So widely feared that the Haitian population referred to its members as a mythological creature, the Tonton Macoute, a sort of ghoul who kidnaps misbehaving children and eats them for breakfast, Haitian dictator François 'Papa Doc' Duvalier’s secret police force, founded in 1959, the MVSN were highly feared, and extremely brutal. Created as a paramilitary force that answered only to Duvalier, the MVSN was implemented to remove any perceived threats to the President’s power, of which there were many. The MVSN were responsible for systematic rape, torture, disappearances and executions in Haiti during Duvalier and his son’s reign of power. The intimidation became so extreme that the MVSN, who were rightly known as the Tonton Macoutes, began burning people alive, or stoning them to death. Often, many corpses were displayed in public as a warning to Haitians and as a display of Duvalier’s power. It is estimated that over 60,000 Haitians were killed by the MVSN during both Duvalier and his son's reign.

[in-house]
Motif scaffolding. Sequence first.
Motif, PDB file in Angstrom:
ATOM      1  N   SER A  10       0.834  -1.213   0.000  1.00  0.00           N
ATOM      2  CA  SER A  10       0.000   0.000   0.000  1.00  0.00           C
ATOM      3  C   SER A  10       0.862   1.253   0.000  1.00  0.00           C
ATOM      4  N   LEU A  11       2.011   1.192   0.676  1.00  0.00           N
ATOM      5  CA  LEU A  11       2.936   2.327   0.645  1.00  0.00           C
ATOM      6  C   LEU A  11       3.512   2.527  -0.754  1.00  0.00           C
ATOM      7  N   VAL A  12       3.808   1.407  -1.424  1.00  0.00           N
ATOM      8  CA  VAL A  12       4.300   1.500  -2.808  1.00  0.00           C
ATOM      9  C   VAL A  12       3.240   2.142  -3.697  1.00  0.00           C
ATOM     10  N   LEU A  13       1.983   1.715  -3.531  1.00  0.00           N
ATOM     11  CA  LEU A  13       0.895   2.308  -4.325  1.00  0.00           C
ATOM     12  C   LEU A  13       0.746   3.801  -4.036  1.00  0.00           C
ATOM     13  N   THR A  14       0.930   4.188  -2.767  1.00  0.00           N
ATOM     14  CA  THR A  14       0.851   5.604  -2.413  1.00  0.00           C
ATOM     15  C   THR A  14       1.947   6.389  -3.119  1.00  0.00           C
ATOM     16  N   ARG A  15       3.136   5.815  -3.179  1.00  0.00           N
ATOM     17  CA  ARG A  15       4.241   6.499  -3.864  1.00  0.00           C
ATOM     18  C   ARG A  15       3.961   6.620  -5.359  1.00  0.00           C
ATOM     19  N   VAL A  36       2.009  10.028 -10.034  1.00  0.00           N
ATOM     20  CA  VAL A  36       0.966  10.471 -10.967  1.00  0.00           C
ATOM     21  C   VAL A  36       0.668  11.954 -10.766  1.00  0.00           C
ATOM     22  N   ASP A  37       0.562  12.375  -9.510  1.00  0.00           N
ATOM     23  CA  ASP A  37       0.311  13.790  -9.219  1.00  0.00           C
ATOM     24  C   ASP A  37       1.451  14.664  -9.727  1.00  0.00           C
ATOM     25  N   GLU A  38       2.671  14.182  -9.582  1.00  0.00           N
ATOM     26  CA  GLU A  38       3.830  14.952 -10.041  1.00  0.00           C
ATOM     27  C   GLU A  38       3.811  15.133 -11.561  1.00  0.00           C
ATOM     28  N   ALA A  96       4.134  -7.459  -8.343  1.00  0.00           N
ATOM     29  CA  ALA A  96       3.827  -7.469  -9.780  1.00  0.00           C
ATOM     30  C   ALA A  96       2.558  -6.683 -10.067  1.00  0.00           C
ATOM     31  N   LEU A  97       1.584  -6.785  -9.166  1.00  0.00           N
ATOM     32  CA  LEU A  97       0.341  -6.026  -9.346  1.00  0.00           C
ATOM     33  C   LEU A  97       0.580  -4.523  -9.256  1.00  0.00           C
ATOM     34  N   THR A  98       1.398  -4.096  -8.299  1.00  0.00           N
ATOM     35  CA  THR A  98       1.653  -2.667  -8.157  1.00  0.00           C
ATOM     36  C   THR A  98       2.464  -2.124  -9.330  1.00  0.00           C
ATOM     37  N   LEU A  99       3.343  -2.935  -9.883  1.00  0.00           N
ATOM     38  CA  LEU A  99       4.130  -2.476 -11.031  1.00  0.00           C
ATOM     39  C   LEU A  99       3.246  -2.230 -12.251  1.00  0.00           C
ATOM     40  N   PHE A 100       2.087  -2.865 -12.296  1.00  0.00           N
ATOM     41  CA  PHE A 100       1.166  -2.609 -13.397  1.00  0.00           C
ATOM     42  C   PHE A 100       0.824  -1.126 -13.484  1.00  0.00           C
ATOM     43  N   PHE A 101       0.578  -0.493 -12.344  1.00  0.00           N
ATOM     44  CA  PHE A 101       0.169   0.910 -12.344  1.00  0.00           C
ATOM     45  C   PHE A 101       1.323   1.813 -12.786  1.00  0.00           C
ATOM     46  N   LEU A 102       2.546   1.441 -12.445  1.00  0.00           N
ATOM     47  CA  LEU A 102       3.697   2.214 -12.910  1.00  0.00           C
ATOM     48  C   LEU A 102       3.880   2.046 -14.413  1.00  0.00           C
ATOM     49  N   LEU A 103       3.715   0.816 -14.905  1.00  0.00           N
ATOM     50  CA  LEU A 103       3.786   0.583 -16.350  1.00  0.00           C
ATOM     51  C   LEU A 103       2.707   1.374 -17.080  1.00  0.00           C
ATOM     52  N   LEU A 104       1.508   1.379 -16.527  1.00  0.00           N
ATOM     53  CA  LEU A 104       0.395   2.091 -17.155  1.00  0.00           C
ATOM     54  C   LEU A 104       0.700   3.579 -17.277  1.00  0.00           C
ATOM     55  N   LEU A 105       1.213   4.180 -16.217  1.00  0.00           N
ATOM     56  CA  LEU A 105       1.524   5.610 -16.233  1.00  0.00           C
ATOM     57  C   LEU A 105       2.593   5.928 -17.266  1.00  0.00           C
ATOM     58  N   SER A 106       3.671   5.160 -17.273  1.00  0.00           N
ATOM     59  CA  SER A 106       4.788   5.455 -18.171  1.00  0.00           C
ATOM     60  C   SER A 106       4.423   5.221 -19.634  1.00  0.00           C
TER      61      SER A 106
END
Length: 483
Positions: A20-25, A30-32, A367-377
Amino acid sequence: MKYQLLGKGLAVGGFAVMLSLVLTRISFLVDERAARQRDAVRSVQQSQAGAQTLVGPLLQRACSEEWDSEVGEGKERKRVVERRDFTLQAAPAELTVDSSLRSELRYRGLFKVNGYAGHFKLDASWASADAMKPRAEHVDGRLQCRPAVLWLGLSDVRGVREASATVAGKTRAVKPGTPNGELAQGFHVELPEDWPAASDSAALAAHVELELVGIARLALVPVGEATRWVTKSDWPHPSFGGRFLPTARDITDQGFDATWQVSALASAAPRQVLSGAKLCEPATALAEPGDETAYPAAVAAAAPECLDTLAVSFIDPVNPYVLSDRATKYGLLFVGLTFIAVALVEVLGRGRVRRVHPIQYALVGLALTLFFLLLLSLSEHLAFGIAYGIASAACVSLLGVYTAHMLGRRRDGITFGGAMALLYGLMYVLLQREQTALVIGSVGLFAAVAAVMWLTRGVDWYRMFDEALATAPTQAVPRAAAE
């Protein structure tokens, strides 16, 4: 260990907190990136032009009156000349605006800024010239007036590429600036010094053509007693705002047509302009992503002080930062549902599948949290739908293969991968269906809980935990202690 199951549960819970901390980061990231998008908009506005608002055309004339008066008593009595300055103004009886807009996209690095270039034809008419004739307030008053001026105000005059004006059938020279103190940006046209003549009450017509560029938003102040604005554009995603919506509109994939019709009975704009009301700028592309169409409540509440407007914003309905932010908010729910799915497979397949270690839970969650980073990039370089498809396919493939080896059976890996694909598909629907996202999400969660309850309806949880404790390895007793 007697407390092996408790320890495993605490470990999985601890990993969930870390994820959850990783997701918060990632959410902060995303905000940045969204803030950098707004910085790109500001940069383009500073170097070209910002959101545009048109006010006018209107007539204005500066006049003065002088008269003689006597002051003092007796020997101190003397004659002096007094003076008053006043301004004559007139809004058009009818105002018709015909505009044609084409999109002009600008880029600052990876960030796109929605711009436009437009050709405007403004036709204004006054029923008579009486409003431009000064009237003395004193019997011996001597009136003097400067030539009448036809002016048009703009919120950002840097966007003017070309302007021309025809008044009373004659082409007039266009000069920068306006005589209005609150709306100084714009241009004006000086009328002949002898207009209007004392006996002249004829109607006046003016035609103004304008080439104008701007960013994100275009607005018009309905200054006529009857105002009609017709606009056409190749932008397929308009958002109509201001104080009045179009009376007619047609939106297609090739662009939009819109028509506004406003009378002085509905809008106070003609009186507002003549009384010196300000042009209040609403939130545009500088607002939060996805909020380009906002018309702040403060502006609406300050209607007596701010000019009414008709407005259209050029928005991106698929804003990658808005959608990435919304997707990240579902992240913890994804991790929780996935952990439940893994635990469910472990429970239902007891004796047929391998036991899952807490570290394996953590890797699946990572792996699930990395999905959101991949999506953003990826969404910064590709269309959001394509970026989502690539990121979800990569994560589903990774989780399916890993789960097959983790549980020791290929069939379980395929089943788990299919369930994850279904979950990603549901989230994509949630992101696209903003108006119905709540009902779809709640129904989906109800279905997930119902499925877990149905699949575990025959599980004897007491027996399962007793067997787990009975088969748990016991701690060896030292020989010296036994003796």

The SAVAK was the Shah of Iran’s secret police force from 1957 until the Iranian Revolution in 1979. Trained in part by the CIA, SAVAK was an extremely repressive police force in a society that dealt with dissidents swiftly. Known to torture its victims with methods including electric shock, removal of teeth and finger nails, as well as boiling water treatment, SAVAK spent the majority of its resources weeding out and torturing either the Shia or communist opponents to the Shah’s rule. While executions were not as widespread as other secret police forces, torture was a matter of course, with many political prisoners left in solitary confinement for lengthy periods of time, deprived of sleep and burned, either by cigarette, grills or even acid. After the revolution in Iran in 1979, SAVAK was nominally disbanded, and a new Iranian secret police force, SAVAMA, as largely feared as its predecessor, took over. While SAVAMA was a new police force in name, many historians argue that SAVAMA was merely an extension of its predecessor, maintaining the same methods as before.